Section 06 MWF 02:00-02:50 pm
Professor Keith Corson

FYWS 151. Reflections on Satire. 
Christopher Hitchens once wrote that “the smug satire of liberal humorists debases our comedy—and our national conversation.” At the same time, however, popular opinion has named Jon Stewart one of America’s most trusted newscasters. This class will focus on the features and functions of satire in the past and present as we use the linked practices of reading, writing, and discussion to develop your critical thinking and compositional skills. The syllabus will pair works by Horace, Juvenal, Jonathan Swift, and Mark Twain with pieces by modern practitioners like Stewart, Stephen Colbert, and the writers of Saturday Night Live. What was changed? What hasn’t? What’s really at stake? Swift wrote that “satire is a sort of glass, wherein beholders do generally discover everybody′s face but their own.” We will look at satire itself and generate our own conversations about its place and purpose in cultural discourse.

Section 07 TR 09:30 am-10:45 am
Section 11 TR 12:30 pm-01:45 pm
Professor Seth Rudy

FYWS 151. Science and Value in the Ancient World. 
This course was designed especially for students who wish to explore how values—particularly those discussed in the “Search for Values” course—intersect with our understanding of the natural world. Our focus will be on the beliefs, practices, and technologies concerning nature that ancient civilizations embraced. We will consider a range of questions (e.g., “What does it mean to be human?” and “What relationships and responsibilities do humans have to non-humans?”) and practices (e.g., medicine, agriculture, and cosmology) that characterized early cultures up through Classical Greece. We will discover a rich variety of views about the connection between nature and values. While some peoples, for instance, believed divine beings determined human health and so relied on rituals to cure diseases, others (such as the Egyptian, Imhotep) carefully scrutinized physical conditions and sought to develop curative drugs and even surgeries. Though these peoples lacked what we would call the scientific method, they weren’t uninterested in or blind to the impact the natural world had on their pursuit of meaningful living. Students who take this course must co-enroll in Professor Shade’s “Search” course (HUM 101, section 8) so that we can pair our work with some of the classic texts on values, from Homer to the Bible and Greek thinkers. If you have questions, please contact Prof. Shade at Shade@Rhodes.edu.

Section 08 TR 09:30-10:45 am
Professor Patrick Shade

FWYS 151. The New Yorker 
Harold Ross, the first publisher of The New Yorker, once projected that his magazine would “hate bunk,” and sure enough, nearly 90 years later, The New Yorker still publishes writing unparalleled in its sophistication, currency, and craft. In this section of the First Year Writing Seminar, students will learn the craft of writing critically and creatively from some of the best prose stylists in the country. Each week we will read the latest copy of The New Yorker and decide, as a class, which articles we want to analyze. Favorite readings in the past include “You Belong to Me: How Taylor Swift made teen angst into a business industry”; “House Perfect: Is the IKEA ethos comfy or creepy?”; “The Face of Facebook: Mark Zuckerberg opens up”; and “The Story of a Suicide: Two college roommates, a webcam, and a tragedy.” We will read and write about such topics as shopping, art, crime, medicine, social networking, political campaigns, pop stars, and subjects heretofore unimaginable.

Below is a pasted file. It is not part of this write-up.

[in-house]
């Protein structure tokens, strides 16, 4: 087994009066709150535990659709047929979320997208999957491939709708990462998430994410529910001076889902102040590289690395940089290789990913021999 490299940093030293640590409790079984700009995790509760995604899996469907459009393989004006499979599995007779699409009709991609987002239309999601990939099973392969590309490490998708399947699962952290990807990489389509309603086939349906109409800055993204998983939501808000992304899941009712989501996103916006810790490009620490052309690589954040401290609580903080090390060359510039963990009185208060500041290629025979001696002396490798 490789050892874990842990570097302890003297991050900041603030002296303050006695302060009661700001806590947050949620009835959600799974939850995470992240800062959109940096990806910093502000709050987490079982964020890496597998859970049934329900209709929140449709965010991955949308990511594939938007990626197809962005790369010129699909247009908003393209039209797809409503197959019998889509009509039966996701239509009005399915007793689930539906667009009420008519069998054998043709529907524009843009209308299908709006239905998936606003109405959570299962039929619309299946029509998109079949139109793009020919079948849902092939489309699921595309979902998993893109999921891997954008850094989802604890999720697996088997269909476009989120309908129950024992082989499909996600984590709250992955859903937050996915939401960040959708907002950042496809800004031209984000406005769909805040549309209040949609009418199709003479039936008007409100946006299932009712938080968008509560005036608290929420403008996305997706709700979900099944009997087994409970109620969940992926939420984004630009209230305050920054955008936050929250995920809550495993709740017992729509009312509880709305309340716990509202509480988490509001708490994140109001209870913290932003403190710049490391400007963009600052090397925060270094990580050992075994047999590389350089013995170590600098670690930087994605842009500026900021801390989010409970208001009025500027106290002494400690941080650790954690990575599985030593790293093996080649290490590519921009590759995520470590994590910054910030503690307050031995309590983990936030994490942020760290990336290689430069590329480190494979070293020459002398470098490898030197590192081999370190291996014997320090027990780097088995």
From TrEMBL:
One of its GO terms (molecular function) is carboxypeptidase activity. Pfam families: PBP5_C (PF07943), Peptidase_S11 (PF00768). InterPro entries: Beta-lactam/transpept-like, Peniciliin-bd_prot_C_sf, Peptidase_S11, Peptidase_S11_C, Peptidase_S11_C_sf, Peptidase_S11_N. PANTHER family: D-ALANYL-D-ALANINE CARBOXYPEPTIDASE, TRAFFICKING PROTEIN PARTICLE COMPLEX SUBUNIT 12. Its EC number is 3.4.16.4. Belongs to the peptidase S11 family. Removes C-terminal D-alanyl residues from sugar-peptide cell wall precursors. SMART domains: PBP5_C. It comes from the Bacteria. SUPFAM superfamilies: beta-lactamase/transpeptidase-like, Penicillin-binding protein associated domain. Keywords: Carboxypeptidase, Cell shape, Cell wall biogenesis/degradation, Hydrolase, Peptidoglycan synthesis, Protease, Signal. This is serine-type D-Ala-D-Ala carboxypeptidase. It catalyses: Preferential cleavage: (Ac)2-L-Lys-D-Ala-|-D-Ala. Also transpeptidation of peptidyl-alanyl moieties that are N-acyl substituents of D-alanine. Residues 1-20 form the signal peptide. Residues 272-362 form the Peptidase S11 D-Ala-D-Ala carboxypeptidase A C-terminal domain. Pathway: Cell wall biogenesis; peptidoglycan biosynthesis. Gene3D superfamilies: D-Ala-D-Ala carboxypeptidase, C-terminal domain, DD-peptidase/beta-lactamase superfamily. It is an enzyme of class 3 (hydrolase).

Section 09 TR 11:00 am-12:15 pm
Professor Rebecca Finlayson

FYWS 151. Text us… 
In daily conversation, the word “text” usually refers to a message sent from a mobile phone. However, the word, from the Latin textus, derives from a root that means “to make,” and it has a long history; in the form texere, it first meant “to weave.” Texts, from textiles to textbooks and text messages, are, and always have been, created or constructed.

In education, texts are the fabric of our lives—books, films, music, paintings, plans, reports, and records that others have “made” are indispensable. College students are expected to respond to these by “texting,” carefully constructing their own written responses that are in keeping with academic convention. For that reason, this class is designed to develop students’ abilities to read texts and contexts, and to become skilled critics and crafters of writing themselves.

During this course, students will experience, analyze, and respond not only to texts about texts, but also to verbal, visual, and sound material drawn from a variety of genres, including literature and pop culture. This is a forum in which you may read an essay by Zadie Smith and analyze a blog by Dave Zirin, think critically about a column by Geoff Calkins and giggle at Gaylord Focker, or read a story by Mark Behr even as you think about Sugar Bear. In this class, you will be prepared (in the many senses of that word) for texts that might include “Here Comes Honey Boo Boo!” and you will surely text about them.